"Maybe we need to go through this damaging experience so that next time we get true democracy in Europe." The comments of a German professor this week about the impending apathy due to strike the elections for European parliamentarians next week.

So, is being cruel to be kind a good solution for Europe? There are certainly some risks.

Such an approach suggests that the elections next week will bring gridlock to European democracy, a punishment if you like. The expected drop in turnout will favour fringe parties with anti-EU agendas. In the UK, this will undoubtedly be fuelled by opinion of a rotten political class and add voices to the argument the UK is better out of the EU.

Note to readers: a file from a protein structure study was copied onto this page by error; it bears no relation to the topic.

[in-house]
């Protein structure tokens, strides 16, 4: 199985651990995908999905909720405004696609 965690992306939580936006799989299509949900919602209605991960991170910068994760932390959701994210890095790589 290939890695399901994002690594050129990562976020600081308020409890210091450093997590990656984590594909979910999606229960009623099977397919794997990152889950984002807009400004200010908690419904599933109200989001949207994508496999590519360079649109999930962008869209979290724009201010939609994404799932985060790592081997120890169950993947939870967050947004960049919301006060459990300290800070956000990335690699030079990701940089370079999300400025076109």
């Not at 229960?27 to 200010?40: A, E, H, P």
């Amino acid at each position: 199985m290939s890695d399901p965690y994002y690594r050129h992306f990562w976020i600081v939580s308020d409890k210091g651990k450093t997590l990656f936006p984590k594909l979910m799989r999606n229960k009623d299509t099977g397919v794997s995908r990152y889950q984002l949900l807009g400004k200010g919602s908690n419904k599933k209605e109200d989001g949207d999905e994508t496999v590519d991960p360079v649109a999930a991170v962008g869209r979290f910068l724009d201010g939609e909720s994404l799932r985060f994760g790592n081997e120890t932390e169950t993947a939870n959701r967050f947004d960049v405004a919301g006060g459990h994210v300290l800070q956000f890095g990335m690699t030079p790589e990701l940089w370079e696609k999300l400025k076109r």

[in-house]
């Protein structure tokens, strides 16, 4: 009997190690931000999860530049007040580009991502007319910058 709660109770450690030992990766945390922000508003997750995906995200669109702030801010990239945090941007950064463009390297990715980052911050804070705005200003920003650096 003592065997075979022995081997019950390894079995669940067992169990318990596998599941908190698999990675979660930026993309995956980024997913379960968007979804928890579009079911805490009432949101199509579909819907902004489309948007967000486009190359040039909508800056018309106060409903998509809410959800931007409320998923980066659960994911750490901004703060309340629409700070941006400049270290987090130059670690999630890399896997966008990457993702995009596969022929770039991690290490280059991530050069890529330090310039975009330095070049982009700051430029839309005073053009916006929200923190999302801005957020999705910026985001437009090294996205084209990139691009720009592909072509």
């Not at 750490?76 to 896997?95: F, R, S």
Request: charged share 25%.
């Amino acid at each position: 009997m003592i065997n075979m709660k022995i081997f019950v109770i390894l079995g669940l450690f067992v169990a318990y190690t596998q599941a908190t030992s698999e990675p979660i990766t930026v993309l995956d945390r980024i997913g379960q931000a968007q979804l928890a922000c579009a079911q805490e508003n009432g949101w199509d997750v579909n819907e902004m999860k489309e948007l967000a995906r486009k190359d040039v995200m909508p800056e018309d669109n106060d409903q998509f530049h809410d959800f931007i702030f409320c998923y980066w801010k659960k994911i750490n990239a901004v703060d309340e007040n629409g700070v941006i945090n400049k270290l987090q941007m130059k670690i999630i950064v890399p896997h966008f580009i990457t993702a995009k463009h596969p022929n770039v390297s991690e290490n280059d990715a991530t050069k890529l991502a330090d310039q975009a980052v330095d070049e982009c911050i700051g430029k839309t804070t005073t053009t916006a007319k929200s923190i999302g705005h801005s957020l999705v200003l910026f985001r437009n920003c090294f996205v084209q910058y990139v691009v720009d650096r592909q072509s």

In practice of course, this is a futile argument. Pulling out is near impossible - we're stuck with it. Not only would it be a complex constitutional nightmare, the costs of which would never be tolerated by an electorate already bailing out the national economy, but would likely to also cost more money than it saves in the long run.

As a result, we'd be left with a totally ineffective institution, promoting an agenda that isn't up for debate and that the Parliament has no hope or power to change.

If Europe's citizens decide to be cruel next week, expect the next four years of European democracy to achieve very little. That will make it all the more difficult to be kind further down the road.

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